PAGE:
Gulliver washes ashore on Lilliput and attempts to prevent war between that tiny kingdom and its equally minuscule rival, Blefuscu, as well as smooth the way for the romance between the ... See full summary »
Mouser Jaune Tom and house cat Mewsette are living in the French countryside, but Mewsette wants to experience the refinement and excitement of the Paris living. But upon arrival she falls ... See full summary »
In a vacant corner lot off Broadway (by about a yard) is a place called the Lowlands by the tiny community that lives there. Bugs and insects are neighbors and hang out at the Honey Shop of old Mr. Bumble the bee and his daughter Honey. Hoppity the grasshopper arrives to be with Honey, his sweetie. This bugs the crooked C. Bagley Beetle, so do his bunglers Smack the Mosquito and Swat the Fly. The Beetle wants Honey and the Lowlands for himself. But the Human Ones, with their littering and carelessness, pose a threat of destruction to every Lowland home of bug and beetle alike. Despite the doomsaying of Mr. Creeper, the snail, Hoppity finds hope of a new home behind the house of two Human Ones: Mary, who cares for a beautiful garden; and Dick, a struggling songwriter who puts his own hope on a Broadway hit to save his home. Written by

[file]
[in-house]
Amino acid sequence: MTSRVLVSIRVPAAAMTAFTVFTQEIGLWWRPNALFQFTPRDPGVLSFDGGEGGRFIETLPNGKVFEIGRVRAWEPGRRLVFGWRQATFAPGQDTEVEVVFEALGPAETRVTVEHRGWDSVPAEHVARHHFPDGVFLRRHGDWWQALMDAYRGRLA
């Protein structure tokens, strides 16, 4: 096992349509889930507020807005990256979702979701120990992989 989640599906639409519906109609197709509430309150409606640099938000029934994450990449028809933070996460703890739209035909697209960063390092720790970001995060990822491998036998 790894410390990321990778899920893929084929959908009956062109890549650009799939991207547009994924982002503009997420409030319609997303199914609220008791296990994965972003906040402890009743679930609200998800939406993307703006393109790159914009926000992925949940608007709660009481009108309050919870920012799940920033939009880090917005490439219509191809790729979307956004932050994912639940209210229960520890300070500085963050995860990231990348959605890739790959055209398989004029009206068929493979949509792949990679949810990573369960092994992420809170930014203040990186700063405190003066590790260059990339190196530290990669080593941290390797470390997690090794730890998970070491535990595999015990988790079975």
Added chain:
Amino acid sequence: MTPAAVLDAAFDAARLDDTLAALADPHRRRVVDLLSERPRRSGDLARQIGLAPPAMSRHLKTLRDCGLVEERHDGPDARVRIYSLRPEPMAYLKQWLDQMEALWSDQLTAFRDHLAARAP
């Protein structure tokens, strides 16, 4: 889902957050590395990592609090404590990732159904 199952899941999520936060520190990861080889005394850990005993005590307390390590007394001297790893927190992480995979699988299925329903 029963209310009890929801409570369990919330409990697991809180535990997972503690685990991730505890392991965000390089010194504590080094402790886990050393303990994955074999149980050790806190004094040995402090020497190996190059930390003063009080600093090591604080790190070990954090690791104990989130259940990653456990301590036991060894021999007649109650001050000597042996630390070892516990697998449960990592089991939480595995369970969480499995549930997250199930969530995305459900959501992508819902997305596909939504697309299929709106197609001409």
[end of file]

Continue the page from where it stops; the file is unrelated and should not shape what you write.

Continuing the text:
It was hoped that the main song from the movie, "The Couple In The Castle In The Air" would be a hit. Unfortunately none of the songs became famous. See more »
Those Human Ones! Why, the way they're taking to tramping through the lowlands, it's getting so your life ain't worth a sunflower seed anymore. One never know who's gonna get it next.
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Leslie Carbaga's excellent book on the Fleishers tells the whole story of the Fleischer's big move of their entire animation unit to Florida, and their subsequent ejection by Paramount.
Mr. Bug Goes to Town didn't destroy the animation pioneers' credit with Paramount, although it's often told that way, and this was Paramount's favorite version of the story. According to Carbaga, the big studio, more than anything, wanted to get their mitts on the animation studio and ease the famously bickering brothers out of the picture altogether. Mr. Bug provided them the pretext to do just that. --The sad closing of a great quirky, innovative chapter in American animation.
I wanted to comment, also, that the film actually debuted December 4, 1941, not December 7. That may have been close enough to do the trick, anyway, in terms of national mood damaging the film's success. But another part of the legend of this troubled little film is that it was killed by having the bad luck to be in the theaters at the same time Dumbo (released October 23, 1941) was still doing very brisk holiday business. I haven't done the research into box office numbers, but I'd say that Dumbo's concurrent presence in theaters likely had an impact on Mr. Bug. Movie-going was at an all time high at this period, and successful films could go strong in theaters for months. -- Something unimaginable in these typically short-run, quick to-DVD days.
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